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It's official. The New York Times has reported that the Denver real estate market has slowed.

"Sellers continue to profit," says the paper, but "houses are sitting on the market longer, buyers are negotiating harder, and some owners, particularly young buyers who may have been counting on rapid appreciation, are postponing dreams of renovations, moves to larger homes and big savings for their families." (See: Housing Goes Frothy to Flat in Denver Area, July 17, 2005)

The Denver results are neither shocking nor horrifying. What they show is that real estate is simply a localized commodity and that commodity prices can rise and fall.

"Denver's circumstances," explains the Times, "are in some ways particular to the area, driven largely by job losses in the telecom sector, but they illustrate how a moderate slowdown could play out for homeowners in other parts of the country and stand as a potent reminder that galloping price appreciation is not the norm."

The National Association of Realtors says that Denver homes in the first quarter of this year were priced at $236,000 versus $231,800 a year earlier -- that's an increase of "just" 1.77 percent.

Let's take a look at that 1.77 percent price gain. It's not much in the context of the huge price increases seen recently in Washington, West Palm Beach, Las Vegas and Los Angeles. However, 1.77 percent is surprisingly good when one considers the Denver job market. It is a gain, after all, and not an outright loss.

"Of the 75,000 jobs lost in Colorado during the past two years," says the Metro Denver Economic Development Corporation, "69,000 of the job losses were in metro Denver. Metro Denver job losses totaled 40,300 in 2002 and 28,700 in 2003."

These are immense numbers. Few other metro areas have seen comparable job reductions and so in one sense the Denver slowdown is unlikely to be repeated elsewhere. The great miracle of Denver is not that home values rose 1.77 percent, it's that they didn't sink in the face of massive job losses.

Also, because real estate has value as both an investment and as shelter, that 1.77 percent increase is larger than it seems.

Imagine that a buyer put down 10 percent on a Denver home in the first quarter of 2004 and that the property appreciated 1.77 percent. In the Denver example, the investment would be $23,180 and the increase in value in year one would be $4,200 -- a return of 18.1 percent on the actual cash investment. (Obviously, with a fuller analysis there would also be closing costs, tax benefits and other matters to consider, as well as the fact that a lot of folks buy with far less down.)

What about the monthly mortgage payment, utilities and other expenses? Those are the costs of shelter. If you didn't live in the house, you'd have to live somewhere -- and pay rent.

Could you really get $4,200 out of the house if you sold after a year? Not likely after the costs of marketing and closing are considered, but then how many people sell within a year?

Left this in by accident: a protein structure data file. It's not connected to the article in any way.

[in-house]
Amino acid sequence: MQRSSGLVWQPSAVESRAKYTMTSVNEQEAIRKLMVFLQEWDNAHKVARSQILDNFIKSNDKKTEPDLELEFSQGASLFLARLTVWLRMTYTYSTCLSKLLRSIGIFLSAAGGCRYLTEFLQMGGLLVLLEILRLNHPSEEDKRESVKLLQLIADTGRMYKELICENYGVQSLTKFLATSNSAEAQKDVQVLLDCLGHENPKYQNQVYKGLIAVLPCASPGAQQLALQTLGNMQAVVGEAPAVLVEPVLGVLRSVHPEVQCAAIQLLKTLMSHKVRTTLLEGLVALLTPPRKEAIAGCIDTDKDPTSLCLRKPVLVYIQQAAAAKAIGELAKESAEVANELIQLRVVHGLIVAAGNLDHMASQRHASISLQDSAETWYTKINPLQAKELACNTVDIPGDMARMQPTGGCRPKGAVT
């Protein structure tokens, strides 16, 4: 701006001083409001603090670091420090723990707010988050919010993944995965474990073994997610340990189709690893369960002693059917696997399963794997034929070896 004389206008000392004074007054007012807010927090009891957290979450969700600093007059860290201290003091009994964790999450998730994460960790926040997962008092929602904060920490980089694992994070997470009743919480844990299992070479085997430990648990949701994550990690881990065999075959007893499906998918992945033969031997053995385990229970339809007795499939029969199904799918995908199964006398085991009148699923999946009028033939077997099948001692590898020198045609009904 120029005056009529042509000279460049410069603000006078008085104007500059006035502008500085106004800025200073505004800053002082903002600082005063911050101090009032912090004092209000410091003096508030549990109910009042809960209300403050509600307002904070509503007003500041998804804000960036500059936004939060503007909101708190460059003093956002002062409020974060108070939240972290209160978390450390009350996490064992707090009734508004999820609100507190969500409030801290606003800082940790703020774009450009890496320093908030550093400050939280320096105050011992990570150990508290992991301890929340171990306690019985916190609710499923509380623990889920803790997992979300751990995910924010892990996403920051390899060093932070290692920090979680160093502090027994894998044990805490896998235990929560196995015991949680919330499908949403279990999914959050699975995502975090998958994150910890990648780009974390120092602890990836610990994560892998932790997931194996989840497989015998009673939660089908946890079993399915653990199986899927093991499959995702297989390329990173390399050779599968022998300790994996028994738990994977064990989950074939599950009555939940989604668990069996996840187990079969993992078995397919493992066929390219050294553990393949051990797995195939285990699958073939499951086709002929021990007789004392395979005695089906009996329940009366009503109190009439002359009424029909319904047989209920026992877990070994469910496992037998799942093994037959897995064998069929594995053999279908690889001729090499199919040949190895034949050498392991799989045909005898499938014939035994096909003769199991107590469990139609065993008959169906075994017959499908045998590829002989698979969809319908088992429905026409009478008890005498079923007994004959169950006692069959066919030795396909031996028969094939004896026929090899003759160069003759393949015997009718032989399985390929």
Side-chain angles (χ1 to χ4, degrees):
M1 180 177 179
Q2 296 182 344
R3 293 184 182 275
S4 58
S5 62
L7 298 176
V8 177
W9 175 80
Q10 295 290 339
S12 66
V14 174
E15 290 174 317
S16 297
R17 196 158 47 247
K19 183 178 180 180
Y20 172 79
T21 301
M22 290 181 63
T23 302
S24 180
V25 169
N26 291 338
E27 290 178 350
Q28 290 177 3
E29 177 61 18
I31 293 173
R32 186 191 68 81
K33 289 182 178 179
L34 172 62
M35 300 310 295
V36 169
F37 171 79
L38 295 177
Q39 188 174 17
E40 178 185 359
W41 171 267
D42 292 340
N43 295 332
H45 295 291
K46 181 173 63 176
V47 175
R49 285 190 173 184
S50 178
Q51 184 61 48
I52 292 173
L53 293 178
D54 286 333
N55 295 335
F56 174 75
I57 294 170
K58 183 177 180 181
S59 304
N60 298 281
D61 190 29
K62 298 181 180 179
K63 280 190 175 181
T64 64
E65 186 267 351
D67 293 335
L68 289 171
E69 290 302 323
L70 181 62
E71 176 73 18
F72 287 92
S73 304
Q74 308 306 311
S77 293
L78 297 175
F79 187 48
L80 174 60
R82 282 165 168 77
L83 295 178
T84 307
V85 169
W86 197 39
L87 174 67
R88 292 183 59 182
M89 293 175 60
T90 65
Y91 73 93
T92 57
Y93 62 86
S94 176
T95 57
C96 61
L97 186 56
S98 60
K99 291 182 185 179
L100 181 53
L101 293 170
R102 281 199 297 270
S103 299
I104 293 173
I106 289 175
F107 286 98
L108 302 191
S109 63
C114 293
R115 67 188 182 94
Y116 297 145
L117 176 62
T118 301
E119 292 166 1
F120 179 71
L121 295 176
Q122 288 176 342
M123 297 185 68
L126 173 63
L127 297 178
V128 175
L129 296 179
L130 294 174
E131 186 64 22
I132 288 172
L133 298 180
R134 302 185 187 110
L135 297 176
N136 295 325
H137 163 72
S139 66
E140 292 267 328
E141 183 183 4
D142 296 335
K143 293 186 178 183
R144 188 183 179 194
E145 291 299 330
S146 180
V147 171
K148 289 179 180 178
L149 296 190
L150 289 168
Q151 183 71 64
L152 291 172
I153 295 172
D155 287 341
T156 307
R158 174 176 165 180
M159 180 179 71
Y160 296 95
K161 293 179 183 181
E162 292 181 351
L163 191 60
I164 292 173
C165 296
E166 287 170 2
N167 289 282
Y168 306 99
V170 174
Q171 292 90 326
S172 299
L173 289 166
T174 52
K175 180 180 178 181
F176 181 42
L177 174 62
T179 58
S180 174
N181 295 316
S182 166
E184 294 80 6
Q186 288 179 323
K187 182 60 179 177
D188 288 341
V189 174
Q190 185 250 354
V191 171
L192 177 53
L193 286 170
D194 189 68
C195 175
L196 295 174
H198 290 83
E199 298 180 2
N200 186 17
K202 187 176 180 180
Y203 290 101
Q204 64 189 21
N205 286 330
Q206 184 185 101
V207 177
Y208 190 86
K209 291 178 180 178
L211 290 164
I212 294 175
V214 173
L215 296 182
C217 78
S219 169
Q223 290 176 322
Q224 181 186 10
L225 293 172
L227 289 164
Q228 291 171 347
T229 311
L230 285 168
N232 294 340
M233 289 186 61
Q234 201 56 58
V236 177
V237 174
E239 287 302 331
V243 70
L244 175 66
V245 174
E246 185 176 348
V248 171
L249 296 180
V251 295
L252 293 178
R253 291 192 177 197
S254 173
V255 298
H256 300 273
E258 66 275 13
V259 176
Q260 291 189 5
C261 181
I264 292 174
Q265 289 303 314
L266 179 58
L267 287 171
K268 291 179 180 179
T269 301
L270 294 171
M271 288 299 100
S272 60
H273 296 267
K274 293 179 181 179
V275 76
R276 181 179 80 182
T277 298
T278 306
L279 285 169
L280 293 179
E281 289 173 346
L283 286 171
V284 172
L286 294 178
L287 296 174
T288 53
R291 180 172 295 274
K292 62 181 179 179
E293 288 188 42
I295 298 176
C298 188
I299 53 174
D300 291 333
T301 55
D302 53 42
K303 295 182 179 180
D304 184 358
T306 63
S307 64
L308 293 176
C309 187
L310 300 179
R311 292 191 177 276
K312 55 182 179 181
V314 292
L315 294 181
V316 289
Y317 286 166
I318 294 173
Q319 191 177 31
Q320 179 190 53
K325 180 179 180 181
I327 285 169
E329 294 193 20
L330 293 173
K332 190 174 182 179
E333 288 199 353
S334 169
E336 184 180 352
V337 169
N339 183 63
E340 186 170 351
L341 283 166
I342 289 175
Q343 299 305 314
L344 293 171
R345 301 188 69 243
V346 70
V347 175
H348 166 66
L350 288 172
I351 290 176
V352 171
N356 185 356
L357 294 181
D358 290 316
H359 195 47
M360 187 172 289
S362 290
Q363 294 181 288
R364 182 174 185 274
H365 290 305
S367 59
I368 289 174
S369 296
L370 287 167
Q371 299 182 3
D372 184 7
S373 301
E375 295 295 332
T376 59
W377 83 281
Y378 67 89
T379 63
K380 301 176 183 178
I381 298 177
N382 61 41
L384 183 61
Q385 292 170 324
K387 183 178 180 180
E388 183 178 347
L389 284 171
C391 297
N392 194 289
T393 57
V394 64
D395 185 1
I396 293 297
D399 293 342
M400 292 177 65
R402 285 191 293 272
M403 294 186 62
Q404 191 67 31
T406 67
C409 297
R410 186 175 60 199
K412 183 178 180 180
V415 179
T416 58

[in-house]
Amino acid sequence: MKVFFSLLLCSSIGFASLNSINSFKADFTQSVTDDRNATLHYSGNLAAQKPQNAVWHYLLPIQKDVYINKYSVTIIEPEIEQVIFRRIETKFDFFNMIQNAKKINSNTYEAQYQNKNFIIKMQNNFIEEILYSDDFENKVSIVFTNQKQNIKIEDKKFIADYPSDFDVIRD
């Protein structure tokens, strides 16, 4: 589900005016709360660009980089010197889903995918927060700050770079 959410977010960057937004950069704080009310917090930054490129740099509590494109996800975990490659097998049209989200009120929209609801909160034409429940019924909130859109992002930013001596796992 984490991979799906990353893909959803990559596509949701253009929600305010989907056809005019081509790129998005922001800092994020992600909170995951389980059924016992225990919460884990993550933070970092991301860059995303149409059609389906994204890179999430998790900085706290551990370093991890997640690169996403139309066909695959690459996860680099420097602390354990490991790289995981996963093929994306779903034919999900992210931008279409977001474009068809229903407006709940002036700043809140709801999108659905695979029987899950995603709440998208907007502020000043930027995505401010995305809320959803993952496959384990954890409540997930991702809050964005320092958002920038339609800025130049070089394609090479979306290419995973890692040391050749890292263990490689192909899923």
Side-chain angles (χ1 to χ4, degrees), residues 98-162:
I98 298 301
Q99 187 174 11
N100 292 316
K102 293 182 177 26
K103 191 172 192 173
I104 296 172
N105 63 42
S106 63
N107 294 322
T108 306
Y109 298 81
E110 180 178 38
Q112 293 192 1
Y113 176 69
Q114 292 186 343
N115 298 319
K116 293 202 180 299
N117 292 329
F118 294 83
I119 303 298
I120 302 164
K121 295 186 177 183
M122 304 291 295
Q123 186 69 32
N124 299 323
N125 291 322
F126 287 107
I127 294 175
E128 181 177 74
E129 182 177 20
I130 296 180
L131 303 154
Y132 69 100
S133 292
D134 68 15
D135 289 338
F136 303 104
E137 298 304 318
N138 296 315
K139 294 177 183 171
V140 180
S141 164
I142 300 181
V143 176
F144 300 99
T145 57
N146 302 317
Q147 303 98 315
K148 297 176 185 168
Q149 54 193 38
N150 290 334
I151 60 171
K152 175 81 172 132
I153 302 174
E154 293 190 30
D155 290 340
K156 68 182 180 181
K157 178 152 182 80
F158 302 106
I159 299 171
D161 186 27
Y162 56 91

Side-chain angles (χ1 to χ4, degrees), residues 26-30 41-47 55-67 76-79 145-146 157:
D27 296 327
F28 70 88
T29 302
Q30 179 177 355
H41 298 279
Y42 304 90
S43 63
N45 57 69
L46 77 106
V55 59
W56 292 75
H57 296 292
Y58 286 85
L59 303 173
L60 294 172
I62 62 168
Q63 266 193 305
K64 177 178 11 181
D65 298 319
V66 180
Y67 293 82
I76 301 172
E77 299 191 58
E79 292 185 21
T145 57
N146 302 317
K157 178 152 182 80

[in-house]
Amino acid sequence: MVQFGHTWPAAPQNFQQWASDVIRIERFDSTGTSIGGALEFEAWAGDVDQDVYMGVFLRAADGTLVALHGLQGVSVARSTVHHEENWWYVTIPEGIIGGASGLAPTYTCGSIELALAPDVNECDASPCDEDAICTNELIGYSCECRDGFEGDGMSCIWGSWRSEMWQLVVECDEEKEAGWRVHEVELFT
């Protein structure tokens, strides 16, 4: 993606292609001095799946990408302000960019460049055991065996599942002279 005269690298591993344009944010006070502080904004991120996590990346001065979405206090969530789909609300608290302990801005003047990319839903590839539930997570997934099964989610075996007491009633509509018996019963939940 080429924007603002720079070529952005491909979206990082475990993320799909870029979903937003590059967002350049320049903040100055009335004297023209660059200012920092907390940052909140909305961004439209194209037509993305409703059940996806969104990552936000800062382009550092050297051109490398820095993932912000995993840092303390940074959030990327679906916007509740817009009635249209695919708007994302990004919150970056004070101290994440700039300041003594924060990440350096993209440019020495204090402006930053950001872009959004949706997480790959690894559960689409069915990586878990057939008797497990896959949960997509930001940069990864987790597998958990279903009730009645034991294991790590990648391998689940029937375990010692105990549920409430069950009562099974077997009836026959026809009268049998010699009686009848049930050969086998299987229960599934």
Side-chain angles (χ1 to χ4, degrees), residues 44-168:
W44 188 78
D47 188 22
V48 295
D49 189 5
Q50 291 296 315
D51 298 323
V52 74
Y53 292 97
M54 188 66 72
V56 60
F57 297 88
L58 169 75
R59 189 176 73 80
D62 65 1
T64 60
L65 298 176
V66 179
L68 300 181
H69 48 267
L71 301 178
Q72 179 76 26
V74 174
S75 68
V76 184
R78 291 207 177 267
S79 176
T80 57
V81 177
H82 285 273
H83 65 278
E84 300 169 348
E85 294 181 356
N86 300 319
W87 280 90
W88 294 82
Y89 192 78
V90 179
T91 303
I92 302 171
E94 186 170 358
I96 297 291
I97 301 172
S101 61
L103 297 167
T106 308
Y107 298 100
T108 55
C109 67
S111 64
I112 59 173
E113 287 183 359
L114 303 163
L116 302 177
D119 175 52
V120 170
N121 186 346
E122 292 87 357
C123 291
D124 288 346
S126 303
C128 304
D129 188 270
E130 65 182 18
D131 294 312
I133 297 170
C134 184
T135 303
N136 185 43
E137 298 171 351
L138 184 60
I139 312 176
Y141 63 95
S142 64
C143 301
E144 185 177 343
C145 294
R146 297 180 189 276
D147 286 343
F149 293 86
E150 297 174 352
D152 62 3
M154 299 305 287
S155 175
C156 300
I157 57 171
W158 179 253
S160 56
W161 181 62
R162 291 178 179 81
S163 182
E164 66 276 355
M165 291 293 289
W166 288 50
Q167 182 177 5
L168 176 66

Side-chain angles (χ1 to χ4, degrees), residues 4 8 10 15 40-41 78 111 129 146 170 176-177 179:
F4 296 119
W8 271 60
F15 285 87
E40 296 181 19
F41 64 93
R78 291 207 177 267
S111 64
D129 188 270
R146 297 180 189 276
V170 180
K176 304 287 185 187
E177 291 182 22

Here's a key question: Given a tough local job market, why didn't prices fall further?

Owners like to see rising property values -- and so do local taxing authorities. If values increase, we have more equity and a greater store of wealth against which we can borrow. If we sell, we leave the settlement table with a bigger check.

But if the price of homes fell tomorrow, the result would be minimal for most of us -- but not for everyone.

  • If you recently bought and were forced to sell, lower prices would be a problem.
  • If you wanted to get a massive home equity loan, with lower home values you would not be able to borrow as much.
  • If you financed with an interest-only loan, ARM or with little down then falling home prices would make it difficult if not impossible to fully refinance.

However, if you bought a few years ago, a price downturn would likely mean less profit rather than no profit. And if you're not selling or refinancing, the whole issue is somewhat moot.

Denver teaches us three things:

First, it's impossible to believe that home prices will always rise. It's simply more logical to assume that home prices in most areas will -- at least at some point -- level off or perhaps even drop. The reality of the marketplace, the fact that commodity prices both rise and fall, suggests that consumers should avoid excess borrowing and loans with changing terms.

Second, there's no need to panic. The overwhelming majority of homeowners -- especially those with fixed-rate mortgages -- are able to ride out a slower market. The reason the Denver experience was so mild in the face of serious job losses is that most people simply stayed put. In effect, inventory contracted to offset reduced demand.

Third, consider the alternatives.

For instance, shares for the The New York Times Company (NYSE: NYT) closed at $42.39 on July 19, 2004. A year later the same shares were priced at $31.54 -- a loss of $10.85 per share or 25.59 percent.

Ironic, isn't it? For all the worries about flat and frothy real estate markets, if you bought both a Denver home and 100 shares of The New York Times Company a year ago, look where you'd be today.

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